Schools’ enrolment skyrockets, Govt says

ALMOST a week after school re-opening, the government has said that enrolment has increased with the target expected at 88.5 per cent, thanks to the State’s 1.3tri/- funds injected in different sectors including education.

Speaking to reporters yesterday, the Chief Government Spokesperson, Gerson Msigwa, who is also the Director of Information Services said that this year, the number of pupils registered for Standard One stood at 1,446,067, including 2,942 pupils with special needs.

The number, he said, was equivalent to 88.48 per cent of the expected to be registered in this year, which stands at 1,634,365.

On Secondary Education, Mr Msigwa said the number of students who reported for Form One had of yesterday reached 354,277 including those with special needs, who had reached 697.

“The number is equivalent to 33 per cent of the target which is 1,070,941 that were selected to join Form One,” he added.

At the media conference, the Chief Government Spokesperson also took time to explain the progress of the Julius Nyerere Hydro Power Project (JNHPP), saying that the water depth in the Dam had increased and reached 111 metres above sea level (ASL) by the end of this week.

Mr Msigwa said that in general, the implementation of the construction of the JNHPP had reached 80 per cent.

“Until the end of this week, the depth of water that continues to fill our Dam had reached 111 metres above sea level,” said Mr Msigwa.

The construction of JNHPP went a notch higher last month after President Samia Suluhu Hassan officiated the opening of the diversion channel that will direct water into the dam for generation of electricity.

The diversion is crucial because the volume of water diverted into the reservoir is crucial for the generation of electricity.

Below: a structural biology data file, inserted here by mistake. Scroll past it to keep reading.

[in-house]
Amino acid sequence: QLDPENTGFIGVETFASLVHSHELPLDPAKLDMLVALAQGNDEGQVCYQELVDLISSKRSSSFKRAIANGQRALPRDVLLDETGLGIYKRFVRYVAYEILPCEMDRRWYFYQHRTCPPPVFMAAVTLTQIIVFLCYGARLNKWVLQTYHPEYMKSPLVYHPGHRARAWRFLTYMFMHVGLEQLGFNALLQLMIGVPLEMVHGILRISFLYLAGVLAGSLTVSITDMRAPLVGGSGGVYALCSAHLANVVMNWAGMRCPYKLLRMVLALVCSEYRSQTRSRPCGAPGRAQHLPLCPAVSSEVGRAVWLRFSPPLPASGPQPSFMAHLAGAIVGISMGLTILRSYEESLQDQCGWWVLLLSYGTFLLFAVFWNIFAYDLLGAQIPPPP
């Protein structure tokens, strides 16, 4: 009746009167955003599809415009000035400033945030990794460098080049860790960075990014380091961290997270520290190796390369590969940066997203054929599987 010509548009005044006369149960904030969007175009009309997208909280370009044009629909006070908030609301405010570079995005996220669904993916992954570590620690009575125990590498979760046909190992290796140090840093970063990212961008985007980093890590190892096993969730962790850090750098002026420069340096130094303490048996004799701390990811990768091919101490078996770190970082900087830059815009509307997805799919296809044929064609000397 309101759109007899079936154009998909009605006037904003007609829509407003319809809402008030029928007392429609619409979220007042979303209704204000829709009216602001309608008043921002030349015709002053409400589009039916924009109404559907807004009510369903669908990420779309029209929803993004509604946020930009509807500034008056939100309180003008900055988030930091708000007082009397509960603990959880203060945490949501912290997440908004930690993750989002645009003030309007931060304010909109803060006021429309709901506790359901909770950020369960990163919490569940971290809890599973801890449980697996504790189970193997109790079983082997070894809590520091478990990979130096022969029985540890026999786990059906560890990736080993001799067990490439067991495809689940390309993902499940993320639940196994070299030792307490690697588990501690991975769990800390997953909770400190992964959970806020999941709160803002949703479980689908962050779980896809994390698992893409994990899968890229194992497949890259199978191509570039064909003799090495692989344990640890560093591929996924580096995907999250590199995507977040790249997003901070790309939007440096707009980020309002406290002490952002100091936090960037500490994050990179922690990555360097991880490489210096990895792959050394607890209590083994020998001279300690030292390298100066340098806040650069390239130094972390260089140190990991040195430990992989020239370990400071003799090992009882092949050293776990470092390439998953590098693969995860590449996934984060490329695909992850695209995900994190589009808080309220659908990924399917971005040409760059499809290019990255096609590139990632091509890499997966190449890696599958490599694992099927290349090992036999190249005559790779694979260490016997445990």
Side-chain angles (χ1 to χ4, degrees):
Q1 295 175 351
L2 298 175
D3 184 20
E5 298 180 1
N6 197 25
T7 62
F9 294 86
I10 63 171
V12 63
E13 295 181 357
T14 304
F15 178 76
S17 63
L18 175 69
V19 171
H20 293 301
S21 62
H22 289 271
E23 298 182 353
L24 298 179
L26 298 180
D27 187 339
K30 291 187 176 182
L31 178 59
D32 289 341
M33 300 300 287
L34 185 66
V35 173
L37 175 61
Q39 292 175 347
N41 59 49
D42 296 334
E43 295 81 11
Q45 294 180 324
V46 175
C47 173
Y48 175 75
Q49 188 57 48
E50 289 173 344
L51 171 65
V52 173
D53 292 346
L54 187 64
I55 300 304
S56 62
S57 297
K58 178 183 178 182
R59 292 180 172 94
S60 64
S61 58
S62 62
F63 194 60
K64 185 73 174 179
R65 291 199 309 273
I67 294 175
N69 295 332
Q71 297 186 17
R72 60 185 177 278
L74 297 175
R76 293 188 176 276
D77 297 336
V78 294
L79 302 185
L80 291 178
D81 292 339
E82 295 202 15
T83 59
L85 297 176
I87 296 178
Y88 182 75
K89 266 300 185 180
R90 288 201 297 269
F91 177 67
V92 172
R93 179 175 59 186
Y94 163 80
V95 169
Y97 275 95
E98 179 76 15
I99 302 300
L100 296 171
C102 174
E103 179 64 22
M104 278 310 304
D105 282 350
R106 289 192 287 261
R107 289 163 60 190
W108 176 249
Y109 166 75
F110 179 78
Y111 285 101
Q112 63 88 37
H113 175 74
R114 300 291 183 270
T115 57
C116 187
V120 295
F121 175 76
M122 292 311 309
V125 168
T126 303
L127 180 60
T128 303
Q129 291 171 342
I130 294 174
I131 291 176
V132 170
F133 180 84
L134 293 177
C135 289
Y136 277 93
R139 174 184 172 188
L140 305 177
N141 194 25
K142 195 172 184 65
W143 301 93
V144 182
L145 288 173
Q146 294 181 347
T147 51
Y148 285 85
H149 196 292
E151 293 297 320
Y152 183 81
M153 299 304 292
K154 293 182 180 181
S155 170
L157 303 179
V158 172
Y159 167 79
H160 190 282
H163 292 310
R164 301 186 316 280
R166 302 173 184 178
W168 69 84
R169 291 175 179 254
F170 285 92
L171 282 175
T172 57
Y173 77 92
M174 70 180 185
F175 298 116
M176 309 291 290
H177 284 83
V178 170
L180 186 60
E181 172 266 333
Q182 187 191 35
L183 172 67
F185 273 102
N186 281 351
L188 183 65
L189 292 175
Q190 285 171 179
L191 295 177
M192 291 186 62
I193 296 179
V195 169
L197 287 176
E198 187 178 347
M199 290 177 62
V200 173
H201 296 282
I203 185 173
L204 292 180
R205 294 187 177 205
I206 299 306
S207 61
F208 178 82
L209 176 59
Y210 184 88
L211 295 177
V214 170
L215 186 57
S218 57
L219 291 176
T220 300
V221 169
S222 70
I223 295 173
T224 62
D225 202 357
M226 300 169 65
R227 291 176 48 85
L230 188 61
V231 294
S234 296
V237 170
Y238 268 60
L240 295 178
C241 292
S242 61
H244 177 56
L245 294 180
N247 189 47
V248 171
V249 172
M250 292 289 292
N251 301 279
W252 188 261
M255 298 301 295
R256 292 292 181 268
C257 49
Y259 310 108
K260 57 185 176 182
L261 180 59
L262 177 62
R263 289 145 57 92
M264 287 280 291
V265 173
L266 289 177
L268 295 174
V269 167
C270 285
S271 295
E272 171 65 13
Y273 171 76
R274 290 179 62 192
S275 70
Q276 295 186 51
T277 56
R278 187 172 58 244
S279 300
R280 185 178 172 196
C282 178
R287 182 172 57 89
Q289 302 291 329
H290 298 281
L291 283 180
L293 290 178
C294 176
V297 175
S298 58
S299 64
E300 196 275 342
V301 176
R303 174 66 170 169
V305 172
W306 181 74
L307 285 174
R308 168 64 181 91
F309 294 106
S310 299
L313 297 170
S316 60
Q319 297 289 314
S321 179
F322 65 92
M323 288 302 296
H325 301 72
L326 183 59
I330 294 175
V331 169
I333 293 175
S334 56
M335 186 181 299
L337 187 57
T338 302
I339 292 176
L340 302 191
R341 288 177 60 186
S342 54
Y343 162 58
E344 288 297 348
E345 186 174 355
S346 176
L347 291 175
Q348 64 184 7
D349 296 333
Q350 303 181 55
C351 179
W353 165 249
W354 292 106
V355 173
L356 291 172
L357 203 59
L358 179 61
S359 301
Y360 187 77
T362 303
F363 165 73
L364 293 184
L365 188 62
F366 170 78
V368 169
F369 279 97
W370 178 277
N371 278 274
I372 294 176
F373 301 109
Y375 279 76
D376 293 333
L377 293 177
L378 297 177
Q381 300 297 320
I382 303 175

“We thank God that the rains that continue to pound various parts of the country have continued to fill water into the Dam. Water level is increasing significantly and the implementation of other construction works is proceeding well,” he said.

Msigwa also said that if the government plans go well, by June 2024, the country will start getting electricity from the 2,115 megawatts project, which is being built at the cost of 6.55tri/-.

He added that currently, the ongoing work is the construction of Cooling Power Stations as well as Electricity Transmission Lines, so as to connect electricity to the national grid directly by the time production starts.

The government spokesperson also said that currently, the state of access to electricity in the country is good because the continuing rains have strengthened power production.

“Supply of electricity is in good state now, there are few areas that are still facing some challenges but it is because of the ongoing work of infrastructure maintenance and not due to poor and inadequate production,” said Msigwa.

“I believe many of you will be the witnesses that even in the last year’s holiday season things were good, there was no load shedding,” he added.

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